WHO yet to approve Malawi’s Cholera vaccine request


Cholera cases that as of last week stood at 124 are further expected to skyrocket to unimaginable figures particularly in hot spot districts following revelations that the Oral Cholera Vaccine (OCV) which the country requested from (WHO) World Health Organisation will not be made available due to short supplies and extreme cases in neighbouring countries.

Malawi also faces a risk of aggravated cases of the viral disease considering that neighbouring countries of Tanzania and Mozambique have also reported high cases of cholera.

As of last week, Lake Chirwa districts of Phalombe, Machinga and Zomba and two Eastern Region districts were already grappling with the rapidly dehydrating disease where six fatalities have since been registered.


Malawi piloted the vaccine last year in Lower Shire district of Nsanje with 320, 000doses approved and shipped for trial.

The campaign targeted 106, 482 people in 19 flood camps with the international vaccine institute and International cooperation group providing 320, 000 doses.

WHO believes it is much cheaper to deal with the viral disease with a vaccine compared to direct treatment as currently enshrined in the country disease control approach.


Our findings show that upon success of the vaccine in Nsanje, the country placed a request of close to 80, 000 vaccines to the Global Response Committee on cholera but high cases of the disease that is caused mainly by faecal contamination of water and food due to poor sanitation and lack of clean drinking water in neighbouring countries of Tanzania and Mozambique are delaying the country’s request.

WHO collaborated The Daily Times findings.

“We requested for 78, 850 doses with an addition of some dosages for contingency taking the figure to 80, 000 targeting hot spot districts practically Lake Chilwa districts of Phalombe, Zomba and Machinga. We are still waiting for approval from the Global Committee to have the vaccines.

“Neighbouring countries like Tanzania and Mozambique are endemic to Cholera and this year has registered high cases of cholera and the Global Committee is considering them as a priority,” disclosed Kelias Msyamboza, Disease Prevention and Control officer at WHO.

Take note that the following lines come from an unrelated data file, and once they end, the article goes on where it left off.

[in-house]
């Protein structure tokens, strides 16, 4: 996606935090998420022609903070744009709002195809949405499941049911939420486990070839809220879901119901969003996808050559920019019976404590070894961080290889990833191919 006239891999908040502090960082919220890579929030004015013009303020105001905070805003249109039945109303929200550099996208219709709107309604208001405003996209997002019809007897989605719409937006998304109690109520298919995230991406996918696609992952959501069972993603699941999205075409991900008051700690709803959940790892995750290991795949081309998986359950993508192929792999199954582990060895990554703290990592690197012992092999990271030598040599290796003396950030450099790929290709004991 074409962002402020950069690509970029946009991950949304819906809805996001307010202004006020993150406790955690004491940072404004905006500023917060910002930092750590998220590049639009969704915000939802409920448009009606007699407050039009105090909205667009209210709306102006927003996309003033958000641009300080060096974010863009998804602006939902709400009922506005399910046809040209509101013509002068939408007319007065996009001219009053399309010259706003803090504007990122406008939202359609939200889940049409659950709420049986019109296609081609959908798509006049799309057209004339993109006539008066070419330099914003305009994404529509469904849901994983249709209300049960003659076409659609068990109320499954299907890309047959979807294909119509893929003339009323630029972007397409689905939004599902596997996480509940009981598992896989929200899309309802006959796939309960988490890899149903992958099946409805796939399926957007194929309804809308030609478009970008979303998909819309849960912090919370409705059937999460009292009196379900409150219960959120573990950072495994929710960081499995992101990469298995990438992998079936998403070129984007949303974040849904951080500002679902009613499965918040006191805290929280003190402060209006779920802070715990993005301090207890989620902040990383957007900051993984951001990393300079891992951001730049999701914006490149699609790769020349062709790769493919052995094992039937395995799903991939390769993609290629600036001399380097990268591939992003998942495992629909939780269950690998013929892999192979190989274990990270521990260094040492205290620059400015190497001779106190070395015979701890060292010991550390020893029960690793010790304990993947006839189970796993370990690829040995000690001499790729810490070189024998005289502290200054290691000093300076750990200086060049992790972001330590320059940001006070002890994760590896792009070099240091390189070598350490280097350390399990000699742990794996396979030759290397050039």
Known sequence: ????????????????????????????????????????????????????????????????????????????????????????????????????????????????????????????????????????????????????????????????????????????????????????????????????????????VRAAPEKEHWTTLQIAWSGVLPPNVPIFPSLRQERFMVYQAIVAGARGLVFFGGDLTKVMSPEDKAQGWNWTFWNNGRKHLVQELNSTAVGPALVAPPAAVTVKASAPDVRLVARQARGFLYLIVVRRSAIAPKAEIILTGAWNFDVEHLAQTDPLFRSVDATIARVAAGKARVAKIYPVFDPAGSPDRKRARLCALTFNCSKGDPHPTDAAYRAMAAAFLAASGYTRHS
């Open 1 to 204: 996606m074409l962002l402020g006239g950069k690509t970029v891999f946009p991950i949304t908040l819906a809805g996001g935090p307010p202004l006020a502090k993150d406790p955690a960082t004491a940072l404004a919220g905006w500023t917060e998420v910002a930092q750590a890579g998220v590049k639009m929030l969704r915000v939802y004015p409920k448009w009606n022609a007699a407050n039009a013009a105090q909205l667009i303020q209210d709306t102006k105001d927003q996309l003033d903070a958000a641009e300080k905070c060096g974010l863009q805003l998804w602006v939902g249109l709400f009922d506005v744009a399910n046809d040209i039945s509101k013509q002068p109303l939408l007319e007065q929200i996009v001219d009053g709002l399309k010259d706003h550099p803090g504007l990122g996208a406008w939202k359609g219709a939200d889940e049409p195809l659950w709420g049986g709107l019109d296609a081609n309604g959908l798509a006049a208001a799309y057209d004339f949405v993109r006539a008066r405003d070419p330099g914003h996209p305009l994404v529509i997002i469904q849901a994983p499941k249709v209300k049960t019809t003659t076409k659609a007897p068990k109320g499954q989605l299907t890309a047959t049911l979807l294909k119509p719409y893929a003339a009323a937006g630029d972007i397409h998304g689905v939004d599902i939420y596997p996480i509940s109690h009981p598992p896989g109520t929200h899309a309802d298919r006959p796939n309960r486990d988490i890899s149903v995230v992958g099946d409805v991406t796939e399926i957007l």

As of the first quota of 2015, the vaccine was costing WHO which procures it for the needy countries USD 1.85 million, including shipping costs.

Information sourced from WHO website indicates that Tanzania, as of October 19 2015, had cumulatively recoded 4,835 cases with 68 deaths.

The number increased to 9,871 reported cases with 150 fatalities as of November 26, 2015, according to Ministry of Health and Social Welfare (MOHSW) of Tanzania.

According to Msyamboza, though Mozambique has also reported cholera and that cross border spread cannot be ruled out, most of the cases recorded this cholera season are from within Malawi.

He, however, was quick to say that all hope has not been lost in the country’s quest to get the vaccine.

“Neighbouring countries have higher cases and that to the global committee is a priority but we are still hopping that our request will get a nod,” Msyamboza said.

Ministry of Health Director of Preventive Health Services Storn Kabuluzi said cholera treatment centres have been established in the Lake Chilwa districts and that response to the viral disease have stepped up.

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